John kicked the bucket.

John kicked the pail.

One thing that is readily noticeable about idioms is that many seem to resist undergoing transformations that similar non-idiomatic constructions can readily undergo while retaining the same sense. For example:

John kicked the bucket.

The bucket was kicked by John.

In spite of that sentence is transformed its meaning remains the same.

All these changes can be found in all categories of idioms.



1.3 The categories of Idioms

Idioms have been classified into several groups. Many idioms are derived from the names of body parts and bodily functions:

        cover one's back do something to protect yourself from criticism or future blame;

        blood, sweat, and tears great personal effort;

        in cold blood- without feeling;

        feel (something) in one's bones sense something, have an intuition about something.

Other big group is idioms derived from animals names:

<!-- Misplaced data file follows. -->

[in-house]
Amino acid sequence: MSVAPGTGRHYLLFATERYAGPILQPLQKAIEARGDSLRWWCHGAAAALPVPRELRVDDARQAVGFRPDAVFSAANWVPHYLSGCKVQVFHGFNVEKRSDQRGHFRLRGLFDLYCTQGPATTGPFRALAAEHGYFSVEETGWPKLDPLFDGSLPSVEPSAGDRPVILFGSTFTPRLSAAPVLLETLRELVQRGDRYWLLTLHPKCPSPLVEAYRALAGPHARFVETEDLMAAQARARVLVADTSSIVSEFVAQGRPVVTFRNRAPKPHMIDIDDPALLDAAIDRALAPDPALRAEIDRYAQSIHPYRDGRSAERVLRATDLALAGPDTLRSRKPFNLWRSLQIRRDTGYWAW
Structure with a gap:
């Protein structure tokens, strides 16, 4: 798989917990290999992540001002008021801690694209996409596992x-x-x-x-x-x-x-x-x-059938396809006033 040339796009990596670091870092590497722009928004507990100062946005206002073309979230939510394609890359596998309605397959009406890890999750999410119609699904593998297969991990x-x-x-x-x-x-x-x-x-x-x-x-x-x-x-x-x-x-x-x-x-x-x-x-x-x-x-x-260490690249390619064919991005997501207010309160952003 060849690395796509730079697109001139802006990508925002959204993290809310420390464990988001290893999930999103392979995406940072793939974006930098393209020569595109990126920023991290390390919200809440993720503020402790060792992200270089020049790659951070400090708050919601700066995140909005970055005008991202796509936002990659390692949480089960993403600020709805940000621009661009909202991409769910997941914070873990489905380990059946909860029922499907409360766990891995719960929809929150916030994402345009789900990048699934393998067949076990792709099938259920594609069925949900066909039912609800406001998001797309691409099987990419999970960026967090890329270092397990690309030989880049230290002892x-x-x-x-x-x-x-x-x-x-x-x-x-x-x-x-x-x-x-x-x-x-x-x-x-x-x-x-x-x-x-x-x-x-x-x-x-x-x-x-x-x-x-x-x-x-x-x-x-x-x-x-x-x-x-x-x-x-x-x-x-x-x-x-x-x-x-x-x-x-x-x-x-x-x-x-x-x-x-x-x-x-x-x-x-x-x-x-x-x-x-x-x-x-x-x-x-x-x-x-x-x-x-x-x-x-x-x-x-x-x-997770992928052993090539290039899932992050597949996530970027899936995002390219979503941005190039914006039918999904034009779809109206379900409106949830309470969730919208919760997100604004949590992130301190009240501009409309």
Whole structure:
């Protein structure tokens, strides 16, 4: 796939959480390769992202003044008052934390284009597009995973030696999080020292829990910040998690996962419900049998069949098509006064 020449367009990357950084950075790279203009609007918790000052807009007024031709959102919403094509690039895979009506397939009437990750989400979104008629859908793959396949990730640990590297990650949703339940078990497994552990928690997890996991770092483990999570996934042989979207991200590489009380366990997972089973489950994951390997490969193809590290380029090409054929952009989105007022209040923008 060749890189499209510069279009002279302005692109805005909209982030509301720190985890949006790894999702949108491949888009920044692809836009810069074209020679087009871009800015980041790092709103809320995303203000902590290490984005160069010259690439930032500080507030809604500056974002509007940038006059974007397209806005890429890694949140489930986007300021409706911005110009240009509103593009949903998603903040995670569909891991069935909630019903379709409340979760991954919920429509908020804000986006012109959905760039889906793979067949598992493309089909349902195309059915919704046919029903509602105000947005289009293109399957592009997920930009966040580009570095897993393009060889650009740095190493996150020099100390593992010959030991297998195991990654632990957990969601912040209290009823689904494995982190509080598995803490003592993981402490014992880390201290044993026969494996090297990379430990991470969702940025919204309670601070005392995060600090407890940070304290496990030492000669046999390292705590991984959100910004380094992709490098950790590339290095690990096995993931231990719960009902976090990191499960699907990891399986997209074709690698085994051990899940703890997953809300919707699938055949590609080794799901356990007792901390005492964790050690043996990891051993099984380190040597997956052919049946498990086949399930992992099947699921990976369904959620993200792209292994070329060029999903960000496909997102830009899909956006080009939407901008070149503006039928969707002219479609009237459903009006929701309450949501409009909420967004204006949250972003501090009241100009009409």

as weak as a kitten weak, sickly;

        hit the bulls-eye to reach the main point of something;

        dog-eat-dog ready or willing to fight and hurt others to get what one wants;

        monkey see, monkey do someone copies something that someone else does.

The third big group is idioms derived from food and preparing it:

        full of beans- to feel energetic, to be in high spirits;

        grist for the mill- something that can be used to bring advantage or profit;

        take the cake- to be the best or worst of something;

        cook (someone's) goose- to damage or ruin someone.

Those are three the most common groups of idioms in English language. All these idioms are based on daily life events. They have risen from daily routine, from following the animals behavior as well as the humans body reaction to different situations. They are often used in every days speech and they are quite intelligible.

Other idioms are quite rare in English language. For example, politics idioms:

        body politics A group of people organized under a single government or authority (national or regional);

        fifth columnist a member of a subversive organization who tries to help an enemy invade;

        on the stump politicians are campaigning for support and votes.